Metallic Taste in Mouth: What Does It Mean?

Some patients experience a metallic taste in their mouth and the causes vary. Should you be concerned? Read on to learn what the unpleasant taste means, what causes it and how you can prevent it.

What Is It?

Parageusia (a term also referred to as dysgeusia) is the medical definition of a metallic taste in the mouth. Parageusia is rarely a chronic condition. Medications, psychological problems, autoimmune diseases and neurological disorders have a link to a metallic taste, according to Journal of the Canadian Dental Association.

What Causes Metallic Taste in Mouth?

Many prescription drugs and supplements may cause parageusia, but the effect may fade once the ingredients in these drugs and supplements, such as vitamins, have been processed by the body, according to the Cleveland Clinic. Dry mouth is a common side effect of many drugs, and it may enhance the metallic taste in the mouth. The effects of dry mouth can be reduced by drinking plenty of water and chewing sugarless gum.

Medical and dental infections may cause a metallic taste in the mouth, particularly sinus and middle ear infections. An ear, nose and throat doctor, also known as an otolaryngologist, would be able to diagnose infections involving the ears, sinus and throat, and make recommendations on how to treat those infections.

A particular dental infection known as acute necrotizing ulcerative gingivitis (ANUG) may cause a metallic taste in the mouth, says a study published in the Journal of Indian Academy of Oral Medicine & Radiology. Schedule a visit to a gum specialist, known as a periodontist, or general dentist who can diagnose and treat ANUG. A periodontist may recommend that you change your oral hygiene routine at home to help heal your gums. Swishing with a mouthwash, like Colgate Total Advanced Pro-Shield, freshens breath and helps prevent gingivitis. If you have healthy gums and reduce gingival inflammation, the metallic taste may subside.

Pregnancy, chemotherapy, radiation therapy and food allergies may produce metallic taste in mouth symptoms, and but in these cases, the taste is normally temporary.

Is It Preventable?

There are a few preventive measures you can take to prevent metallic taste in the mouth. Firstly, brush your teeth and tongue twice a day, floss once daily, chew sugarfree gum and drink plenty of water. Quitting smoking and avoiding certain spicy foods, might prove useful, as well as switching to utensils that do not contain metal.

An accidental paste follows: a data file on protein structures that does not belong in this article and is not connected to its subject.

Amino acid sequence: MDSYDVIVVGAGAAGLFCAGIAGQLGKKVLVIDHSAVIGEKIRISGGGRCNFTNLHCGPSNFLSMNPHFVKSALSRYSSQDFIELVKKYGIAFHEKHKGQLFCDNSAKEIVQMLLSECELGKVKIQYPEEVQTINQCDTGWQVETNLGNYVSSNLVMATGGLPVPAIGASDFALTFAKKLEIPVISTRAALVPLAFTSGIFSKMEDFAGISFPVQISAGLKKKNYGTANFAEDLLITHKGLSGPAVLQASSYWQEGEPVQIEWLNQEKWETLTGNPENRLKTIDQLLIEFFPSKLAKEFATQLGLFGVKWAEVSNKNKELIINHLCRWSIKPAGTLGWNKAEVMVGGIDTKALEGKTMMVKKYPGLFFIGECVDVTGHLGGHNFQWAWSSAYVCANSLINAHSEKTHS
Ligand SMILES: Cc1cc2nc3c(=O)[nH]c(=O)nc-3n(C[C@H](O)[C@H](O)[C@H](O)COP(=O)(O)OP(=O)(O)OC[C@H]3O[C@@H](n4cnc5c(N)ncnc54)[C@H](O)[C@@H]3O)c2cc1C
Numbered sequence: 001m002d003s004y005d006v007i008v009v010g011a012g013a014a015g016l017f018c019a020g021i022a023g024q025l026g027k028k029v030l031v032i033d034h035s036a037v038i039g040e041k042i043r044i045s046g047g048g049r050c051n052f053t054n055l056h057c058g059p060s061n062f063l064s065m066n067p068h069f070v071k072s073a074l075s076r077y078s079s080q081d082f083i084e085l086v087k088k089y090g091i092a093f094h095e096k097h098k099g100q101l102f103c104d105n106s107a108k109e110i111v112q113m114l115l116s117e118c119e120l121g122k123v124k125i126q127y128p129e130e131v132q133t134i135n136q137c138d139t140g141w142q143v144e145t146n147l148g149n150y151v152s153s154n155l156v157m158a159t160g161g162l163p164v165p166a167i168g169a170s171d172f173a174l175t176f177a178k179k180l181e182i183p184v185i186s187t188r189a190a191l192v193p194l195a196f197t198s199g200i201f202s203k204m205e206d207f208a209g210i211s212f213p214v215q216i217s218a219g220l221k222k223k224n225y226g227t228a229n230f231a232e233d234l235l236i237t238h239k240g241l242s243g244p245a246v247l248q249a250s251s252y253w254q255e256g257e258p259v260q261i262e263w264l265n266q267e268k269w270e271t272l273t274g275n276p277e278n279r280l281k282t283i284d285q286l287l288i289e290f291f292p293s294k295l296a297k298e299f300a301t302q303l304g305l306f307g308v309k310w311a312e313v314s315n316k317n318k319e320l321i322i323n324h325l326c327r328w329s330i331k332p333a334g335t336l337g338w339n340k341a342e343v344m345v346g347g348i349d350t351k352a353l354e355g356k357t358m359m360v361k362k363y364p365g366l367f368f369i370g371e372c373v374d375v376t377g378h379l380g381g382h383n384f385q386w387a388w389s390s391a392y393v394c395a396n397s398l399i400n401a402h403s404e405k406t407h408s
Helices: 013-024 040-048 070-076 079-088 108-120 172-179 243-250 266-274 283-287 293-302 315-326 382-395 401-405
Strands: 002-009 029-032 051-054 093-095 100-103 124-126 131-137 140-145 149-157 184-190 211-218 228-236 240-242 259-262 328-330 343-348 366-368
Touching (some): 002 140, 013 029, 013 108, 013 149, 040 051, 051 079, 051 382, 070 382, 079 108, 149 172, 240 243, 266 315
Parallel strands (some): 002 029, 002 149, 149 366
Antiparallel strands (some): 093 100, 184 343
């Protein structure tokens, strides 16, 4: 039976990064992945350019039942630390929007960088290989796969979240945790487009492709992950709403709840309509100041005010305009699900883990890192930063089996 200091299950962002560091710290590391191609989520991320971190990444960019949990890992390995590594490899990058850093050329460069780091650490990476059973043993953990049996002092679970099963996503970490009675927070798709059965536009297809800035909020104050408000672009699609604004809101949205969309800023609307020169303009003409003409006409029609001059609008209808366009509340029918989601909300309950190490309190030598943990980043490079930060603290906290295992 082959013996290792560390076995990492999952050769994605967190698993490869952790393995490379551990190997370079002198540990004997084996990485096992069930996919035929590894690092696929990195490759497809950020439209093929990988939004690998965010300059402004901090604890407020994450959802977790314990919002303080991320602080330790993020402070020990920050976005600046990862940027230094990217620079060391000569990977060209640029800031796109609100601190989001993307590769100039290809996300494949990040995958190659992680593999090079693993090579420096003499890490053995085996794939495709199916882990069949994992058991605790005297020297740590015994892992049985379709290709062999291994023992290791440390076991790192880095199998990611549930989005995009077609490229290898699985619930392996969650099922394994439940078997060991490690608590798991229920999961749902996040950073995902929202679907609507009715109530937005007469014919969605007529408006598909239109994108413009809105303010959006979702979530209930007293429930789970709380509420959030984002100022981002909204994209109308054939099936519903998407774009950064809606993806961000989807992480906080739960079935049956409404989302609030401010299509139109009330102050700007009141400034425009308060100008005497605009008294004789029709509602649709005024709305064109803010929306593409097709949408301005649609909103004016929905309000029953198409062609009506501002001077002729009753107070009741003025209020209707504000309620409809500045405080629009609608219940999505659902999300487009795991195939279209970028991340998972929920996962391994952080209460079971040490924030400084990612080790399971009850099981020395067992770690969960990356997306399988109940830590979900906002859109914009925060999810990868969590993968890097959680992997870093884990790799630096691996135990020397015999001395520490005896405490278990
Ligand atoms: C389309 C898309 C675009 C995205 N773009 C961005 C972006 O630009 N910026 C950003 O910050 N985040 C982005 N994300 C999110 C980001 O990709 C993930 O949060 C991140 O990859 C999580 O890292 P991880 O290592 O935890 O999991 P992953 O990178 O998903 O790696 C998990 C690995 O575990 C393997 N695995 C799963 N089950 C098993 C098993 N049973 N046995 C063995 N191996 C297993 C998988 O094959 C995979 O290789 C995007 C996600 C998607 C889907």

This article is intended to promote understanding of and knowledge about general oral health topics. It is not intended to be a substitute for professional advice, diagnosis or treatment. Always seek the advice of your dentist or other qualified healthcare provider with any questions you may have regarding a medical condition or treatment.

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Common Conditions During ADULTHOOD

As we get older, dental care for adults is crucial. Here are a few of the conditions to be aware of:

Gum disease – if your home care routine of brushing and flossing has slipped and you have skipped your regular dental cleanings, bacterial plaque and tartar can build up on your teeth. The plaque and tartar, if left untreated, may eventually cause irreparable damage to your jawbone and support structures, and could lead to tooth loss.

Oral cancer – according to the National Institute of Dental and Craniofacial Research, men over the age of 40 have the greatest risk for oral cancer. About approximately 43,000 people will be diagnosed with cancer of the mouth, tongue or throat area, and the ACS estimates that about 7,000 people will die from these cancers. The use of tobacco products and alcohol increases the risk of oral cancer. Most oral cancers are first diagnosed by the dentist during a routine checkup.

Dental fillings break down – fillings have a life expectancy of eight to 10 years. However, they can last 20 years or longer. When the fillings in your mouth start to break down, food and bacteria can get underneath them and can cause decay deep in the tooth.